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New Boeing 777-200lr

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posted on Feb, 16 2005 @ 02:40 AM

Originally posted by bigx01
that's 100% correct boeing is a publiclly traded company so they have to make a profit or no one would want to buy their stock. airbus is a private company so they really dont need to make a profit and more importantly they can actually lose money on planes as long as their owners ( if they happen to be publically traded ) make a profit. which if i was airbus i'd dump planes on the world below actual cost even if it ment taking a loss on them.

Actually Boeing have been buying back a lot of their stock recently, because it means they have to pay less dividends. And post 9/11, you do realise that you could pick up new 737s for less than $20million USD? Airbus wouldnt survive if it was dumping aircraft, but you are right in that it being a private company means it doesnt have to pander to shareholders.

sounds like something the sopranos would set up to launder money

It sounds like you want to start an arguement, or have an ulterior motive. In which case, go else where.

posted on Feb, 16 2005 @ 02:53 AM
not making an arguement, just clarifying facts that you have already pointed out. and you dont have to buy back stock to pay less dividends. you just pay less dividends. with 839 million shares outstanding reducing the dividend by 1 penny ( dividends are paid quarterly so thats 4 cents overall ) will give you 24 million less paid to share holders which is easier than buying back 24 million shares

no they don't. no one has to pay dividends, dividends are decided by the board members of a company and they can be cancled at any time. the faa has no say as to if a company has to pay dividends, neither does the sec or the irs or the government for that matter.

there is no company in the United States that is required to pay dividends. in fact many companies do not pay dividends, many companies that are in either aerospace or airlines do not pay dividends. i own several stocks in the aerospace industries and none that i own pay any dividends and never have
[edit on 16-2-2005 by bigx01]

[edit on 16-2-2005 by bigx01]

[edit on 16-2-2005 by bigx01]

posted on Feb, 16 2005 @ 03:01 AM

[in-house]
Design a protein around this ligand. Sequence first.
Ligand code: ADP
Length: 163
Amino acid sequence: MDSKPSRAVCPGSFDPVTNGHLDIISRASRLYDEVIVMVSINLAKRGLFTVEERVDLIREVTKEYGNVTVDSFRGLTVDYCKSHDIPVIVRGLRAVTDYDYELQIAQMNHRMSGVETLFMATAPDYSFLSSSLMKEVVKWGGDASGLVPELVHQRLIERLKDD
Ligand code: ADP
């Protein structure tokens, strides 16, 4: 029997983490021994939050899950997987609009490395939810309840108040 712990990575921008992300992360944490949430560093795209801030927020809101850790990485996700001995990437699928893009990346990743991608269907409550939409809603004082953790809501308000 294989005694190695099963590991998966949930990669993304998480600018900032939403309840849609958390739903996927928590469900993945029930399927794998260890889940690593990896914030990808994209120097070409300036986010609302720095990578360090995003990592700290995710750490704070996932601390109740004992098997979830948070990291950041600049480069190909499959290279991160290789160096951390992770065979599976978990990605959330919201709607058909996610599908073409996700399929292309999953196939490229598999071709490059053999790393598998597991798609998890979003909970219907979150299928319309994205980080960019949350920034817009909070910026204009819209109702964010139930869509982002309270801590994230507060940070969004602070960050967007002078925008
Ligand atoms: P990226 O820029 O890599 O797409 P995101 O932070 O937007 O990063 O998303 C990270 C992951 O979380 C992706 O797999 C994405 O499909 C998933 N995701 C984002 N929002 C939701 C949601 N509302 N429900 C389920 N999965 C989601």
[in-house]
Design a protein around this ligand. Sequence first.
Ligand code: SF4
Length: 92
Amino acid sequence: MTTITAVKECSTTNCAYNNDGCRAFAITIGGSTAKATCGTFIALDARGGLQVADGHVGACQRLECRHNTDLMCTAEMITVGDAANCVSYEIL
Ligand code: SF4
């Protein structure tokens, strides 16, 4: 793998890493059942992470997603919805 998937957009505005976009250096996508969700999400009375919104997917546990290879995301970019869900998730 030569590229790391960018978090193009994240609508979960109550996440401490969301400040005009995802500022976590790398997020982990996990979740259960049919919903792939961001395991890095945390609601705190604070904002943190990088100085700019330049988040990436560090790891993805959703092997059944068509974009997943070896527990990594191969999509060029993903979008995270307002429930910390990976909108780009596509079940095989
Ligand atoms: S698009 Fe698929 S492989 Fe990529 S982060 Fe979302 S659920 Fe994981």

Actually, yes you do. Above certain levels the FFA (or whatever the Federal Financial Agency is called - its not the SEC) forces companies to pay certain levels of dividends above a certain income level. Buying back stock lessens the number of dividends you are required to pay.

posted on Feb, 16 2005 @ 03:12 AM
in fact even though this is off the topic of this thread. it wasn't until last year that Microsoft paid a dividend and the it was a one time only special dividend of 3$ per share. they were not required to pay it, and they will not be paying $3 a share again

posted on Feb, 16 2005 @ 03:45 AM

Originally posted by MickeyDee
you make that sound as though the A350 is better then the 787, which its not.

Bit bias towards Boeing coz ur American i think...

[edit on 15/2/2005 by MickeyDee]

[edit on 15/2/2005 by MickeyDee]

hey i am australian and i like boeing much more than that "airbuss"

posted on Feb, 17 2005 @ 02:57 PM
Watched a show on Dicovery channel about the engines on the 777. The flight tests were conducted on a 747. The one 777-300 engine was able to power, on it's own, the 747. It is apparently the most powerful comercial engine ever.

posted on Feb, 17 2005 @ 03:25 PM

Originally posted by RichardPrice

But it looks like better data has come to light since I last searched around - Airbus have placed the A350 at $150million USD initial price point (mainly due to the high $ price at the moment). Im not sure exactly what Airbus are up to with this
It looks like Airbus are going to compete with the 787 directly on efficiency according to sources, and that initial price point is both open to negotiation and fluctuation in $ price (since Airbus sells in Euros and the dollar has devalued dramatically in recent times)

Airbus could have a big problem with low dolar. The A350 was originaly said to have much lower price 90-100mil. $ compared to 787 130mil$ so even with the 787 eficiency airlines would be not able to save 30 mil.$ (against A350).